When it comes to women and heart health, the facts are simply shocking: according to the Women's Heart Foundation women account for nearly half of all heart attack deaths; between the ages of 40 and 60, as many women die of heart disease as breast cancer; over a lifetime, heart disease kills five times as many women as breast cancer.

As a woman's risk of a heart attack is rising, recognizing that a female's symptoms can be very different than a male's becomes even more vital. Research by the National Institute of Health reveals that fewer than a third of females reported having chest pain or discomfort prior to their heart attacks, and 43 percent reported have no chest pain during any phase of the attack.

Most doctors, however, continue to consider chest pain as the most important heart attack symptom in both women and men, according to the study at the University of Arkansas for Medical Science of 515 women who had suffered heart attacks.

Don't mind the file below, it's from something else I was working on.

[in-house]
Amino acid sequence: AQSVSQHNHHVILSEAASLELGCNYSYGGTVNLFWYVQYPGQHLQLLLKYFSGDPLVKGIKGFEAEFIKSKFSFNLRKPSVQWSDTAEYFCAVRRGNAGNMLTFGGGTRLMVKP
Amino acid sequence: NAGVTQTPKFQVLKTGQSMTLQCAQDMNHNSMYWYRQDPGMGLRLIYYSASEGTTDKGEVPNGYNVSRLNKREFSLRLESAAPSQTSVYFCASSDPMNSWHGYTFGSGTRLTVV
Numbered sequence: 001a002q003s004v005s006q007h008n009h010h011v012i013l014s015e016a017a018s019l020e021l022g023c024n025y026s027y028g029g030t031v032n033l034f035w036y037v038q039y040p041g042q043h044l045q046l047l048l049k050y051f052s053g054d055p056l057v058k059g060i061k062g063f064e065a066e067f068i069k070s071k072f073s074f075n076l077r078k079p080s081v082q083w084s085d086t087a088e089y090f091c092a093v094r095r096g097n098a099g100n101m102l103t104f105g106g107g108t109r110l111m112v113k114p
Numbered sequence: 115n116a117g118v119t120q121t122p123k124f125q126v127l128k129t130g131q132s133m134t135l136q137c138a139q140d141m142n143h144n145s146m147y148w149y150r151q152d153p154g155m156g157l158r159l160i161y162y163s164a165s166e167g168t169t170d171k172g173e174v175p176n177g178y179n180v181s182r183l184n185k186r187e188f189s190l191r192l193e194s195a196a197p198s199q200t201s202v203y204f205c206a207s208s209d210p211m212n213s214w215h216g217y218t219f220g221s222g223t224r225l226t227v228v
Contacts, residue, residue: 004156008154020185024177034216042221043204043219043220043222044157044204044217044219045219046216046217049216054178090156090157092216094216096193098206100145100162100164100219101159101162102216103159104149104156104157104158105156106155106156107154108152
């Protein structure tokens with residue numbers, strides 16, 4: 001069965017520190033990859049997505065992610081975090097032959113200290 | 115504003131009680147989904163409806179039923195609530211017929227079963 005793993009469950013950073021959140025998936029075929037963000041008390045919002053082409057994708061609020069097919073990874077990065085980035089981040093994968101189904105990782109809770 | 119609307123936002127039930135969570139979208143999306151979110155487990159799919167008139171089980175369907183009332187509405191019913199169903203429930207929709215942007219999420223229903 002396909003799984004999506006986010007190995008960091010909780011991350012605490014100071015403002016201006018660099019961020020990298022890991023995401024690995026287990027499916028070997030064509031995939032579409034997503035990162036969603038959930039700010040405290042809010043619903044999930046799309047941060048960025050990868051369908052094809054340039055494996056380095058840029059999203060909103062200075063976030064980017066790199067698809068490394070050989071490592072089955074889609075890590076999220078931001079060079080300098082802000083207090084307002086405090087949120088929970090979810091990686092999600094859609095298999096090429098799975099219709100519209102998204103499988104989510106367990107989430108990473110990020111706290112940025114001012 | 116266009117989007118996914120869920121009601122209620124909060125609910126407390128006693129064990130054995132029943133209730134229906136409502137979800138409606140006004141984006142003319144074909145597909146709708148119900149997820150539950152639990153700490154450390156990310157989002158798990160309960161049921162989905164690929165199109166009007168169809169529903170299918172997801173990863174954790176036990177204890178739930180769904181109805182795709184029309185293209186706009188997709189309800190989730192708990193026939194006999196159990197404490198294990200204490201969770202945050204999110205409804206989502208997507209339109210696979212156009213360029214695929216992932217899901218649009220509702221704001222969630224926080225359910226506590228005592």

Symptoms in Women:

The NIH research indicates that earlier studies showed that 90 percent of women identified an array of chronic symptoms that they experienced up to six months before their heart attack such as:
  • Sleep disturbance (47.8)
  • Shortness of breath (42.1)
  • Indigestion (39.4)
  • Anxiety (35.5)

While some women ignored these symptoms, others repeatedly sought medical assistance only to have physicians minimize, misdiagnose or ignore the symptoms. The women who went for medical help said the intensity or frequency of the symptoms made them feel they might be related to heart disease. Nearly half the women rated fatigue and sleep disturbance they experienced as being very severe.

Acute or sudden symptoms that spurred the women to seek immediate medical help included:

  • Shortness of breath (57.9 percent)
  • Weakness (54.8)